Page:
The Cardiac Contractility, Hypertrophy, and Failure (CCHF) Study Section reviews applications which propose basic, applied and translational studies for conditions that focus on contractile function, dysfunction and impact heart function, homeostasis and disease. Applications include studies of both hereditary and acquired cardiac hypertrophy and failure.
The List of Reviewers lists all present, whether permanent or temporary, to provide the full scope of expertise present on that date. Lists are posted 30 days before the meeting and are tentative, pending any last minute changes.
The membership panel is a list of chartered members only.
- Cardiac hypertrophy and heart failure: Basic molecular and cellular mechanisms; myocyte growth, proliferation, metabolism and apoptosis; receptor signaling; transcriptional pathways; inflammatory/ cytokine-mediated processes.
- Systolic and diastolic function/dysfunction: adaptation to abnormal hemodynamic load and ventricular mechanics; mechanical signal transduction; stress-strain relationships; effects of therapeutic interventions such as pacing, ventricular assist devices and others; valvular heart disease.
- Myocardial remodeling and fibrosis: extracellular matrix reorganization and collagen metabolism; cytoskeleton.
- Cardiac myocyte contractile function: sarcomeric proteins; calcium regulation and signaling; calcium-force relationship; arrhythmia-related causes of remodeling and heart failure.
- Cardiac repair: addressing remodeling and contractility deficit that include cell-based, gene therapy and the evaluation of bioengineered cells and tissues; capillary density; changes in ventricular and cellular function that result from heart transplantation.
- Genetic cardiomyopathies: genotype-phenotype correlation; genomic and proteomic approaches to cardiac hypertrophy and failure.
Shared Interests and Overlaps
There are shared interests between CCHF and Myocardial Ischemia and Metabolism (MIM). While applications that focus on molecular and cellular mechanisms underlying cardiac hypertrophy or remodeling and heart failure may be reviewed in CCHF, these topics, in the context of diabetes and metabolic disorders, may be reviewed in MIM. Applications that focus on inherited cardiomyopathies that involve mitochondrial (dys)function may be reviewed in MIM. While stem cell therapy in the context of ischemic heart disease may be assigned to MIM, those that affect heart failure and impaired contractility may be reviewed in CCHF.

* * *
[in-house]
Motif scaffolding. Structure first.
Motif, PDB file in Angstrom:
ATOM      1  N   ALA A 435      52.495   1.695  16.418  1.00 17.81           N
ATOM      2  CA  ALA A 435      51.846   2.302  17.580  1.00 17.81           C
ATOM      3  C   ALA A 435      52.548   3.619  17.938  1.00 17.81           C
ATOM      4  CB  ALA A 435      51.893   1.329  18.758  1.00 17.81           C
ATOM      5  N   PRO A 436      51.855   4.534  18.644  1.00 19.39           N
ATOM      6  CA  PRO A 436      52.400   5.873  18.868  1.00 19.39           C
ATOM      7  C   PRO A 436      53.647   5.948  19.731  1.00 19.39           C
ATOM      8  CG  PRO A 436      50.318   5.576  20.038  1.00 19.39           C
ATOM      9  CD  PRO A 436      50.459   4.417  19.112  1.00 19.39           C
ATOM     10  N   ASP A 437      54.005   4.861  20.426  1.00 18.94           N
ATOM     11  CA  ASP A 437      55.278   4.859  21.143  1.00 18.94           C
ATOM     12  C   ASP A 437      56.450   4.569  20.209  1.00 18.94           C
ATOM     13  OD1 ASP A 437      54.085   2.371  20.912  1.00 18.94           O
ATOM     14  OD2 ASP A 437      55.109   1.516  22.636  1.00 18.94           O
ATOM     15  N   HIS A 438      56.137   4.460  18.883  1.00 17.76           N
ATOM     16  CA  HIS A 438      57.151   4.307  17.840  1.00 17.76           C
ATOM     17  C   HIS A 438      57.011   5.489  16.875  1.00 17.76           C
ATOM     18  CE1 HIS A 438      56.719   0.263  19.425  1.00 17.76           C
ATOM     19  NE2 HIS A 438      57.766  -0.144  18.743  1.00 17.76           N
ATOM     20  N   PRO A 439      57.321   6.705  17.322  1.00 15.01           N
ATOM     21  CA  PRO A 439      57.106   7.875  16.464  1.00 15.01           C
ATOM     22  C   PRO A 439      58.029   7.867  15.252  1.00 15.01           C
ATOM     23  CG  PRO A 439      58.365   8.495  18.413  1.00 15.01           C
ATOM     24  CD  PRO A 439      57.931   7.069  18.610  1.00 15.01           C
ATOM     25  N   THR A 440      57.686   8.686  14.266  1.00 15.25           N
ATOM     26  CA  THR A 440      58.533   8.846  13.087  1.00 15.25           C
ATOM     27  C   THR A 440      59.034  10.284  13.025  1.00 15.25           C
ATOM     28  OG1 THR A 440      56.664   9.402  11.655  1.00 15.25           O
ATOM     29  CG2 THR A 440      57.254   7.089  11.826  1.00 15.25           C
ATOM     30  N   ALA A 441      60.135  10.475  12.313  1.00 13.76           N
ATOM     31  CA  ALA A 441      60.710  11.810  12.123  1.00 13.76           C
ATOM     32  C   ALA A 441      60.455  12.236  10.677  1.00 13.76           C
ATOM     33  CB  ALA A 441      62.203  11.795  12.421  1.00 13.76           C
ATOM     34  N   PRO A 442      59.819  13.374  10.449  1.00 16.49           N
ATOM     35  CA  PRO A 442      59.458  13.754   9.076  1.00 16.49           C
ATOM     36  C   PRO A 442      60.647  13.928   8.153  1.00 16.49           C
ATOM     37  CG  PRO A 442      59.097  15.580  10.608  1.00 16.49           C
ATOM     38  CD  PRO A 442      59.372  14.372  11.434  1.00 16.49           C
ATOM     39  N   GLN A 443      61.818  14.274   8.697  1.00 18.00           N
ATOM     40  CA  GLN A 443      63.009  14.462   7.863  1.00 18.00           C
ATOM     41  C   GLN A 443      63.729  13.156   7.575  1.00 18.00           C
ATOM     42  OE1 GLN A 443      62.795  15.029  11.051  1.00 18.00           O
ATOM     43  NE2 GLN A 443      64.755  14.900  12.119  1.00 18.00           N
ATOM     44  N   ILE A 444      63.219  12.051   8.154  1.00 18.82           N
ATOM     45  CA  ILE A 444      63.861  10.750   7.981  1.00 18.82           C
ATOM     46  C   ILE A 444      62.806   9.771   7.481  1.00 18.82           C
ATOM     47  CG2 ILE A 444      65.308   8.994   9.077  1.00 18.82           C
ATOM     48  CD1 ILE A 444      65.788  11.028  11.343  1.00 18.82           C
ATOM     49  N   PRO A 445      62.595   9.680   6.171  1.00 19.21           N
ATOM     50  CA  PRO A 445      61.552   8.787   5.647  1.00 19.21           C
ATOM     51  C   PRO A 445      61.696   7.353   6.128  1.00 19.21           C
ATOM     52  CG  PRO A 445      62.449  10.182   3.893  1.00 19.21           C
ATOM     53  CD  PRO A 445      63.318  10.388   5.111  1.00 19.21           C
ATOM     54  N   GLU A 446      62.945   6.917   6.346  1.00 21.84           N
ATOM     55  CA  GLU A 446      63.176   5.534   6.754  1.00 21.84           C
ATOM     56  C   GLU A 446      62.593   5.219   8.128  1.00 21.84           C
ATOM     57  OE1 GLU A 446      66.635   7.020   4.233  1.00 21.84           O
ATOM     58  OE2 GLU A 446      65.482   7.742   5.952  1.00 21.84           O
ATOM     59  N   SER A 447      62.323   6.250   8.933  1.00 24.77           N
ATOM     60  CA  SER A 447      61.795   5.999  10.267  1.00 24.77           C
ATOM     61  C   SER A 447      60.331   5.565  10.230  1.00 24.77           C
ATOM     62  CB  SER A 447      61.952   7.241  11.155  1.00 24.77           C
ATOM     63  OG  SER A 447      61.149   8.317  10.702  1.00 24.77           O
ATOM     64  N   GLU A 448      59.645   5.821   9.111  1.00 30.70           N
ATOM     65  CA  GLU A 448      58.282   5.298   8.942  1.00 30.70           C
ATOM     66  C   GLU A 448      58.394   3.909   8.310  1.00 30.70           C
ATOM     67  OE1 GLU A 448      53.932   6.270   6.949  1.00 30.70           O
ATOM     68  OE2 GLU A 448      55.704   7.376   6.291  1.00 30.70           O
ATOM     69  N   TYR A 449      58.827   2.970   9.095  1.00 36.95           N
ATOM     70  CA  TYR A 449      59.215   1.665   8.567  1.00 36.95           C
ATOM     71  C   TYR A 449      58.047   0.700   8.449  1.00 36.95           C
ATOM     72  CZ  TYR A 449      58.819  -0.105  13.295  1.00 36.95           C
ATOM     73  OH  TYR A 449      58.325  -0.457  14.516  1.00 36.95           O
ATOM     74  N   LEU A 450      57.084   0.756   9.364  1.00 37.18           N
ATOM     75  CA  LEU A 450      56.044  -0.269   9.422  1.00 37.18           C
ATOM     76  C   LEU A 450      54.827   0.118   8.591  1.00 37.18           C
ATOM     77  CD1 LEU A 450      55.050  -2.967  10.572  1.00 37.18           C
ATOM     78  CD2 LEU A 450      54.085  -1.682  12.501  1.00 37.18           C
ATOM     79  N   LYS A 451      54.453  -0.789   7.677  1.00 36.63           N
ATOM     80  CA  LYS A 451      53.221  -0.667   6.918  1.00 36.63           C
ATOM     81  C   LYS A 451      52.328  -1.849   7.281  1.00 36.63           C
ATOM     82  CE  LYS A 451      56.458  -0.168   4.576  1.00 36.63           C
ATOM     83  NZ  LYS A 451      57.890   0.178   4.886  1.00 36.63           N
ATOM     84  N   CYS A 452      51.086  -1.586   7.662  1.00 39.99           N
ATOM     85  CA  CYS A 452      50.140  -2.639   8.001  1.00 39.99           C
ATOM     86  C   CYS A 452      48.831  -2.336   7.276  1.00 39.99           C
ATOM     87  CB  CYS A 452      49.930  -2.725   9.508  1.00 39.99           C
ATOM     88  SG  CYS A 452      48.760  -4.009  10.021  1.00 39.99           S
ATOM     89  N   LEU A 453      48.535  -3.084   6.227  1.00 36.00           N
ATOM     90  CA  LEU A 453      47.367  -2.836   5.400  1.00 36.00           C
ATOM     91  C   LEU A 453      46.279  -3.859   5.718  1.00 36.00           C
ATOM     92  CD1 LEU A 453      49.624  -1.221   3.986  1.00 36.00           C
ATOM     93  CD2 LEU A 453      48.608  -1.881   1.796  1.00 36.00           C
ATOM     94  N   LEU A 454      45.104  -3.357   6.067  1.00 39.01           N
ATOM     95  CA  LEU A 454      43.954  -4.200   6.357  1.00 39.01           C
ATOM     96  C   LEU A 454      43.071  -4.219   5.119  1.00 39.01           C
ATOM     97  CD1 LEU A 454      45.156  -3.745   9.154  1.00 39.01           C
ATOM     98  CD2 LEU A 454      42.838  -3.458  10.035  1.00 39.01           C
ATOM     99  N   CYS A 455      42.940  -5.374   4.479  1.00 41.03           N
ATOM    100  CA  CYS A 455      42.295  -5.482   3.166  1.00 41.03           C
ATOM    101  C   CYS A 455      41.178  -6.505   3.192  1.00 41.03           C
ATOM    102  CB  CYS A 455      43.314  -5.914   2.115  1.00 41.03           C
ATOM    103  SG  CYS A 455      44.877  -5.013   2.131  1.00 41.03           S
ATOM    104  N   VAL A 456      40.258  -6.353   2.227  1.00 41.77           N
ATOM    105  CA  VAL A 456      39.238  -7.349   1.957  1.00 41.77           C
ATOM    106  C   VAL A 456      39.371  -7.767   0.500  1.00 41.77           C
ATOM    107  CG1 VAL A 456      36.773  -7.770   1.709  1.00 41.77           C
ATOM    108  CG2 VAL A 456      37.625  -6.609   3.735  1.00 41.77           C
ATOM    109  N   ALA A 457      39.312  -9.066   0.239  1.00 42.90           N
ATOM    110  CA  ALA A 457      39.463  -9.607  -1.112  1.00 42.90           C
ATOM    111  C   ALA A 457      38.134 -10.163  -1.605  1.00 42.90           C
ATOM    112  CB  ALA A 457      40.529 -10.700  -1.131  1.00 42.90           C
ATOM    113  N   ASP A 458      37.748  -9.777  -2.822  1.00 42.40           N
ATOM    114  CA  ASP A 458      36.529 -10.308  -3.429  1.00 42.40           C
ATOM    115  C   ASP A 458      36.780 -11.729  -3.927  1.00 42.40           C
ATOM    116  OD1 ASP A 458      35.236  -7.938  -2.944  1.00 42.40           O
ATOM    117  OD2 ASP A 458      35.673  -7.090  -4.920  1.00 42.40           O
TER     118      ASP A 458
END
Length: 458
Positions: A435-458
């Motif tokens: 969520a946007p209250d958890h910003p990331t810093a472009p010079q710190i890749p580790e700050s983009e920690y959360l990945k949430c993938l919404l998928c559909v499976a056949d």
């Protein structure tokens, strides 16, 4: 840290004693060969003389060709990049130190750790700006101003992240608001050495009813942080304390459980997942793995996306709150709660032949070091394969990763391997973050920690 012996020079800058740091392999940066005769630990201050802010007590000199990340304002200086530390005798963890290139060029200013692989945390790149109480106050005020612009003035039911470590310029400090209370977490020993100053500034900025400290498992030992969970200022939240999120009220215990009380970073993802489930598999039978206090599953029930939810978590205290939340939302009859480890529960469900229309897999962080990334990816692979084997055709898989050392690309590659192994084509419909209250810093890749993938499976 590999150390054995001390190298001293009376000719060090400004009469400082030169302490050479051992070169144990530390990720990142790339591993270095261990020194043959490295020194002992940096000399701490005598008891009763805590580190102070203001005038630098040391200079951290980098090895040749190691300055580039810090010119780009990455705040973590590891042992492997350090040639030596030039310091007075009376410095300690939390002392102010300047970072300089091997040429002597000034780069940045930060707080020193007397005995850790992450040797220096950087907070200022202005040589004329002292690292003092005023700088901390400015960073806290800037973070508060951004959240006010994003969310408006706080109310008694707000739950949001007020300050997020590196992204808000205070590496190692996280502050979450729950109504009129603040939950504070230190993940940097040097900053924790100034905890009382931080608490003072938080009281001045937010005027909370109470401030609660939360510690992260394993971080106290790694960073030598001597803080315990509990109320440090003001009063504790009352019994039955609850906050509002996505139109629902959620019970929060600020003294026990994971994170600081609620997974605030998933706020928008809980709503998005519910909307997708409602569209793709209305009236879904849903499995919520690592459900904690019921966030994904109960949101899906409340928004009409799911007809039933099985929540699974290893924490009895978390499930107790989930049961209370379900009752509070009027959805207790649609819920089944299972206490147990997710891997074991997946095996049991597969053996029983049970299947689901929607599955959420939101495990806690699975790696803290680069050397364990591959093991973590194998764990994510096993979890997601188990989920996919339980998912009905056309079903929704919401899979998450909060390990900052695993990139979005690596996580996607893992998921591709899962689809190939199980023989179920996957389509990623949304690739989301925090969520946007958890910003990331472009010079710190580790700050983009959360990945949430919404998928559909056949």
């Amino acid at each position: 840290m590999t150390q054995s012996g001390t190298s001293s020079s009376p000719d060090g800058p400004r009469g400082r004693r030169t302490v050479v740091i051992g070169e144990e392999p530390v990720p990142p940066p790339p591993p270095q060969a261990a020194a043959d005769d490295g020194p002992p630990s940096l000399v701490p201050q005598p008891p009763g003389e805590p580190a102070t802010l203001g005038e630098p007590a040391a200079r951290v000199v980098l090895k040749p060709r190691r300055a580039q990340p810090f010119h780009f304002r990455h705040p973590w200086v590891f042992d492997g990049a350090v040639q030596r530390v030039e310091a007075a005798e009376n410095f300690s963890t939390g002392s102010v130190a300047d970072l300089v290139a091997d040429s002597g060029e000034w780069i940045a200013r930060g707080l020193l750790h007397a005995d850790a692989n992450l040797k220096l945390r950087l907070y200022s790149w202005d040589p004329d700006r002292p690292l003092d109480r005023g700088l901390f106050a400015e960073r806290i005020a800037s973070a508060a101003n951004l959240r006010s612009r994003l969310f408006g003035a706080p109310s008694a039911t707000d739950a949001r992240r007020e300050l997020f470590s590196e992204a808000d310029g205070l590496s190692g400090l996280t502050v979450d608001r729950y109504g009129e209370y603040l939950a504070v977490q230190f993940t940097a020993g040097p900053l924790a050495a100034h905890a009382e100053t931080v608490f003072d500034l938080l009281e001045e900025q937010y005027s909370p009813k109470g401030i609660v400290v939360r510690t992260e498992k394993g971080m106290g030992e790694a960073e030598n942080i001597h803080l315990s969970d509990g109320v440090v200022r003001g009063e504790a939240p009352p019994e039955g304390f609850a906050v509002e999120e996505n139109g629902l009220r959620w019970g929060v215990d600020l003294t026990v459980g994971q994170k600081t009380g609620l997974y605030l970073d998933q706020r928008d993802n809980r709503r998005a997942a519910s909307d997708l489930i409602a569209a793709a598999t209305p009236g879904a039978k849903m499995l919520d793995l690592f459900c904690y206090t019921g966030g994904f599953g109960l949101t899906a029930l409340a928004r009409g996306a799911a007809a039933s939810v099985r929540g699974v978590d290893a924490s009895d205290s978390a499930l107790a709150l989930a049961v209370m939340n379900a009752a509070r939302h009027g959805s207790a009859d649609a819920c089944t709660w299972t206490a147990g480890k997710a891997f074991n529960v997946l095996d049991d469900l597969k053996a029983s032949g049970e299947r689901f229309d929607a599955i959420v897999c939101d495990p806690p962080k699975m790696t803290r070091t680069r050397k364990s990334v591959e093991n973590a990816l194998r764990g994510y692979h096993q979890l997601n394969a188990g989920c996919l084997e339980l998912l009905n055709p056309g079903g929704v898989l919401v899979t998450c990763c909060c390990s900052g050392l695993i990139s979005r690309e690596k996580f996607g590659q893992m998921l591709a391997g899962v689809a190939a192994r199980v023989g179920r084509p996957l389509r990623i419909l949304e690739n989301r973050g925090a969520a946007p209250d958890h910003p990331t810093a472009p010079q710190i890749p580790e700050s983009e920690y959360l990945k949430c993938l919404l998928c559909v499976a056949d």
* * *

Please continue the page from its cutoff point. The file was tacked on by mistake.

There are shared interests between CCHF and Cardiovascular Differentiation and Development (CDD). Developmental cardiac and valvular defects that lead to/account for heart failure or contractile dysfunction may be reviewed in CCHF. Applications that focus on the differentiation potential of stem cells, including naturally occurring developmental hypertrophy, even postnatally, may be reviewed in CDD.
There are shared interests between CCHF and Clinical and Integrative Cardiovascular Sciences (CICS): With topics related to heart failure and cardiomyopathy CICS may review applications that focus on clinical aspects of heart failure and cardiomyopathy in humans and human samples.
There are shared interests between CCHF and Electrical Signaling, Ion Transport and Arrhythmias (ESTA): Applications where impaired cardiac rhythm and cardiac arrhythmias contribute to cardiac dysfunction, hypertrophy and heart failure may be reviewed in CCHF.
There are shared interests between CCHF and Respiratory Integrative Biology and Translational Research (RIBT): While applications that generally focus on pulmonary conditions, including pulmonary hypertension, may be reviewed in RIBT; pulmonary conditions that affect cardiac contractile function, contribute to cardiac hypertrophy (right ventricular hypertrophy) and heart failure may be reviewed in CCHF.
There are shared interests between CCHF and Skeletal Muscle Biology and Exercise Physiology (SMEP): For applications that focus on contractile proteins and contractile systems in the context of cardiac contractile function, cardiac hypertrophy, and heart failure may be reviewed in CCHF; applications that focus on contractile function within the context of skeletal muscle may be assigned to SMEP.